It can be argued that the Fifth Amendment in the U.S. Constitution permits the government to give people and businesses money when that same government is ordering those it deems non-essential to stay home, thereby not working and earning a wage due to the perceived need for social distancing. This need for distancing is a response to this contagion. There is no recorded vote on the stimulus bill in the House because it was done by voice vote. Kentucky Republican Congressman Thomas Massie wanted a recorded vote and was lambasted by colleagues. President Trump even took the side of the swamp creatures by calling Congressman Massie a “third rate grandstander” and said Massie should be opposed for re-election. Congressman Massie did not get the recorded vote he wanted and we deserved. Not even a fifth of the House members present, as required by House rules, would agree to a recorded vote. Congressman Massie is a hero and must be re-elected. Here is his campaign mailing address:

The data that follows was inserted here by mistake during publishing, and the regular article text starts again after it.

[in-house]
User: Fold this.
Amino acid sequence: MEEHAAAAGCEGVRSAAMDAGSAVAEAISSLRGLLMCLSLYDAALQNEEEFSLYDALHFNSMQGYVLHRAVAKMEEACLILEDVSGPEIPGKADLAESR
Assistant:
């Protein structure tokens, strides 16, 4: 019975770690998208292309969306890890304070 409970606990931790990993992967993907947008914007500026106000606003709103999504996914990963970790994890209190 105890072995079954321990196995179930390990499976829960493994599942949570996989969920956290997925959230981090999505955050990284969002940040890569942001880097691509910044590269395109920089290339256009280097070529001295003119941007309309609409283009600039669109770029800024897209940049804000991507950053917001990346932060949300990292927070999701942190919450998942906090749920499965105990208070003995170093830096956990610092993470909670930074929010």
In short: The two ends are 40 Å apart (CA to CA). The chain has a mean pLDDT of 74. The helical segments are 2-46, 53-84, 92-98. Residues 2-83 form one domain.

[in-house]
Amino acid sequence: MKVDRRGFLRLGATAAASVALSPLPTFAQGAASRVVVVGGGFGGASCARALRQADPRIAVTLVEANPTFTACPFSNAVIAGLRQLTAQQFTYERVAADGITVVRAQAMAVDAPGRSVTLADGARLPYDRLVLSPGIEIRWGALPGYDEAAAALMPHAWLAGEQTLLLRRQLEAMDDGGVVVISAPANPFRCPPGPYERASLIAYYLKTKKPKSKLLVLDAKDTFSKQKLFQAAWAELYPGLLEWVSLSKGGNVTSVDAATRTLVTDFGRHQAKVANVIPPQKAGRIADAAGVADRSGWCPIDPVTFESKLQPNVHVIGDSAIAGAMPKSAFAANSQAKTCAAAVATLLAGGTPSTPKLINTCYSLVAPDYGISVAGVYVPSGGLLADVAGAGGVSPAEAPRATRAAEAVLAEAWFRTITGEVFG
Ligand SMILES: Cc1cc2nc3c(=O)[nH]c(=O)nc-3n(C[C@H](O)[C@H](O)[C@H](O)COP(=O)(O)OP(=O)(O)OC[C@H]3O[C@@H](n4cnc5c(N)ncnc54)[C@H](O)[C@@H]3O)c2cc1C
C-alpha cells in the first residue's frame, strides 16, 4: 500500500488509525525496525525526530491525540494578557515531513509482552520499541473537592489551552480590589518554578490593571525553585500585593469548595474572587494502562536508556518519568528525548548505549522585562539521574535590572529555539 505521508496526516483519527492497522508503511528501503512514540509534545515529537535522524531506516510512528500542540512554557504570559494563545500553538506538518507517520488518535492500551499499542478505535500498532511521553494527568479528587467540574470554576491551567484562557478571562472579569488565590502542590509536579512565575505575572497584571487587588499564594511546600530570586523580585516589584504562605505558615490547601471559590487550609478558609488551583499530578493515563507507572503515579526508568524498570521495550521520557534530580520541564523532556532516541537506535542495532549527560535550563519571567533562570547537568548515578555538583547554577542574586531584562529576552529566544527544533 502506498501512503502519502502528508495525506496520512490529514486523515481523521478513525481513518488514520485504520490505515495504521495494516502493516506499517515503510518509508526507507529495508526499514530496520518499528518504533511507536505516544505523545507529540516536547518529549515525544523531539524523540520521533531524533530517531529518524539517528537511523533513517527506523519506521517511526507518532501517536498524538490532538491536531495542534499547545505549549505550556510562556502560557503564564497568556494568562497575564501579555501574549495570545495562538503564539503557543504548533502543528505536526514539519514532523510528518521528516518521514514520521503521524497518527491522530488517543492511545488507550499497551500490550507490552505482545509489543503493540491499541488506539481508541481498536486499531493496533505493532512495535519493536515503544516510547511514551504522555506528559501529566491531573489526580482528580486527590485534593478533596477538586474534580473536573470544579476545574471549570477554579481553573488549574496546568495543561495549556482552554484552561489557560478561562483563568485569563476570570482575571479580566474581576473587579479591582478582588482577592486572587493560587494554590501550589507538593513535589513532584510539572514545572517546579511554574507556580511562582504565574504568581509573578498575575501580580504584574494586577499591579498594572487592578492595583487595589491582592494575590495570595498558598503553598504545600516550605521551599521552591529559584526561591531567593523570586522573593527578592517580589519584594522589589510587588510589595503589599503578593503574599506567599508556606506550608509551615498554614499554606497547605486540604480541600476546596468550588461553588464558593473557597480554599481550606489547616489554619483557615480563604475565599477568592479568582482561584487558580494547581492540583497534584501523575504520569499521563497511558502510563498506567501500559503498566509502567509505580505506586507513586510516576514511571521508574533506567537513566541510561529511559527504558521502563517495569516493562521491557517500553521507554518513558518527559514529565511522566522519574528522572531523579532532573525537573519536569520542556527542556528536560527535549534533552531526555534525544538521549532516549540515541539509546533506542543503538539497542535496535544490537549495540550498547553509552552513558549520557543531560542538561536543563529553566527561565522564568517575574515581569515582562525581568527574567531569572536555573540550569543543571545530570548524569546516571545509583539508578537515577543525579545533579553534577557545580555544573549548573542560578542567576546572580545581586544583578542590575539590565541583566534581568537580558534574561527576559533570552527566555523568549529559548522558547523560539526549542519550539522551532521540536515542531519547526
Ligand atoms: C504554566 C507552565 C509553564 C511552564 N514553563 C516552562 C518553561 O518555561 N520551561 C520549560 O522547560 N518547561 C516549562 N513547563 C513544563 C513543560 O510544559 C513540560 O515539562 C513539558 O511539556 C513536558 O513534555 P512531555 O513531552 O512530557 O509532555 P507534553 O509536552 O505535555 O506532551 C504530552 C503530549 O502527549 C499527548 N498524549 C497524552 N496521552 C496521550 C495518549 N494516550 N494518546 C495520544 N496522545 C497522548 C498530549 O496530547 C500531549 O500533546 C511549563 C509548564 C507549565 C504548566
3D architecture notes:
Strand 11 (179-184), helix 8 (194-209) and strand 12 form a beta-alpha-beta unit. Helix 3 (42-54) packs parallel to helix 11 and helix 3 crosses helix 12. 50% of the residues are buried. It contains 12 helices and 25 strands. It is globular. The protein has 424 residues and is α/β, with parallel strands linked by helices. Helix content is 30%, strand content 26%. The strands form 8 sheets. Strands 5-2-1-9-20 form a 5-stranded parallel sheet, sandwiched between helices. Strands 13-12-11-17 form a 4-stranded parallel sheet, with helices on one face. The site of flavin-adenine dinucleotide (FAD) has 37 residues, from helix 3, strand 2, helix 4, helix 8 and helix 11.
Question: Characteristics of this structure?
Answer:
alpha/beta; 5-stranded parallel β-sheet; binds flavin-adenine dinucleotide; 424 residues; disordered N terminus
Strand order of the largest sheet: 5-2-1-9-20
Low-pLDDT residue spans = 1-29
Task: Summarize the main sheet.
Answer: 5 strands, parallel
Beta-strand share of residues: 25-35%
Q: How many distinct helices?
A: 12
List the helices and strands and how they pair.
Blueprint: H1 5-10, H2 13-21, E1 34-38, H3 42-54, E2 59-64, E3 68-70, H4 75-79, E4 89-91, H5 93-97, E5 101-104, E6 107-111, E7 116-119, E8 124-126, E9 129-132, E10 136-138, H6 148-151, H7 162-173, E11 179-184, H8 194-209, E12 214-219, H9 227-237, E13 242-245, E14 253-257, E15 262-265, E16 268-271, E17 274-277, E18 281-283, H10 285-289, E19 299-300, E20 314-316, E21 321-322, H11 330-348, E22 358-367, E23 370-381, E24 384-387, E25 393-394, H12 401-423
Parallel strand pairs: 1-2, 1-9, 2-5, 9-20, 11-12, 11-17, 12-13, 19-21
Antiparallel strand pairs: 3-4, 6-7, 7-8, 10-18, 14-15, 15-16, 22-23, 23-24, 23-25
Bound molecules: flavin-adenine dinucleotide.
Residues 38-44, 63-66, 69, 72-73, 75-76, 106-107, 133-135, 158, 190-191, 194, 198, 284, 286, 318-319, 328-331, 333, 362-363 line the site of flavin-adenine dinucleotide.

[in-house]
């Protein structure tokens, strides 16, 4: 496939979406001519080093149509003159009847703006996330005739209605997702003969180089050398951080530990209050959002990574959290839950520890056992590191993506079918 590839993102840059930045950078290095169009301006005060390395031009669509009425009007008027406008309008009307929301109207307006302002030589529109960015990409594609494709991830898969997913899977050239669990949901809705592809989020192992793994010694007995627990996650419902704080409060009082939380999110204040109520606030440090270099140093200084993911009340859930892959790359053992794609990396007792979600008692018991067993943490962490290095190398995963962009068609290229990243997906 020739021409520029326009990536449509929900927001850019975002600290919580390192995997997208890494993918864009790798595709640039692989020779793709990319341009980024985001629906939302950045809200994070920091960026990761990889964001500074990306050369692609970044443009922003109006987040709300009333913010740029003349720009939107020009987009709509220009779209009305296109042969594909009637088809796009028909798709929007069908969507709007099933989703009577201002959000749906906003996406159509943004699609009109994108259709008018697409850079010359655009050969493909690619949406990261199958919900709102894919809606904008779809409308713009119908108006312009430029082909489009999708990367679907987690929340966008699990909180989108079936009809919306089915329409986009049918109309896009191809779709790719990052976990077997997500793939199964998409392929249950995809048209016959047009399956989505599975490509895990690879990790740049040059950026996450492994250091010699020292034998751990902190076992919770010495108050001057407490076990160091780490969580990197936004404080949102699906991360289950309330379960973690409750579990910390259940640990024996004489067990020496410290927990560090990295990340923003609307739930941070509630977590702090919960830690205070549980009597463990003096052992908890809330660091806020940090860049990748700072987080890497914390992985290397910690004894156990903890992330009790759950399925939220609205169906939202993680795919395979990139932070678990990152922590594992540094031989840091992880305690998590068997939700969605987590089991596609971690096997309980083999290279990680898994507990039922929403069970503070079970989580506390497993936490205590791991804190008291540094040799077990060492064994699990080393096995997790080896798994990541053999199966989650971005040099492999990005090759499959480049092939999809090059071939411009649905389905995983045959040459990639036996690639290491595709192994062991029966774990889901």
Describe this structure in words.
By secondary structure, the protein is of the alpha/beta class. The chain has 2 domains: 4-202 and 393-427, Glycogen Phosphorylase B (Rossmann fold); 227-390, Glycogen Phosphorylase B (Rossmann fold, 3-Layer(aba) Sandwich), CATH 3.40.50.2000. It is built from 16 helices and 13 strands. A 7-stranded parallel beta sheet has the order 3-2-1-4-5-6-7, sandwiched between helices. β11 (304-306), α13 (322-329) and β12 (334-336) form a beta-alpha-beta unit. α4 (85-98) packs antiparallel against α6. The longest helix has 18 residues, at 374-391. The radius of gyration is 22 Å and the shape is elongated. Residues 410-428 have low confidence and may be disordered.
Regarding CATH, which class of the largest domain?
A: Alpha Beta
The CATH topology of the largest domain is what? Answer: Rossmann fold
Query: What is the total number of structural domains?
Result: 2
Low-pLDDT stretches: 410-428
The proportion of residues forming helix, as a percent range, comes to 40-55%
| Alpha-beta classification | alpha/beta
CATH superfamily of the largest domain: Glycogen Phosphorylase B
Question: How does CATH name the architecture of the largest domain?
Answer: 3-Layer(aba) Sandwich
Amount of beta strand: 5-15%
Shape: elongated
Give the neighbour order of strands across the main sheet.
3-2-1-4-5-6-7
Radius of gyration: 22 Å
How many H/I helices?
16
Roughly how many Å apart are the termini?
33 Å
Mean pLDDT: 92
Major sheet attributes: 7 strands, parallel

Thomas Massie for Congress

P.O. Box 821

Newport, Kentucky 41072

and if you want to donate via the web: https://www.thomasmassie.com/

President Trump signed the $2.2 TRILLION stimulus package on March 27. One can only imagine what Dr. Tom Coburn, who died a day later, would say about all of this.

“The gay community has infiltrated the very centers of power in every area across this county, and they weald extreme power. That agenda is the greatest threat to our freedom that we face today. Why do you think we see the rationalization for abortion and multiple sexual partners? That’s the gay agenda.”

– Senator Tom Coburn said things we aren’t allowed to say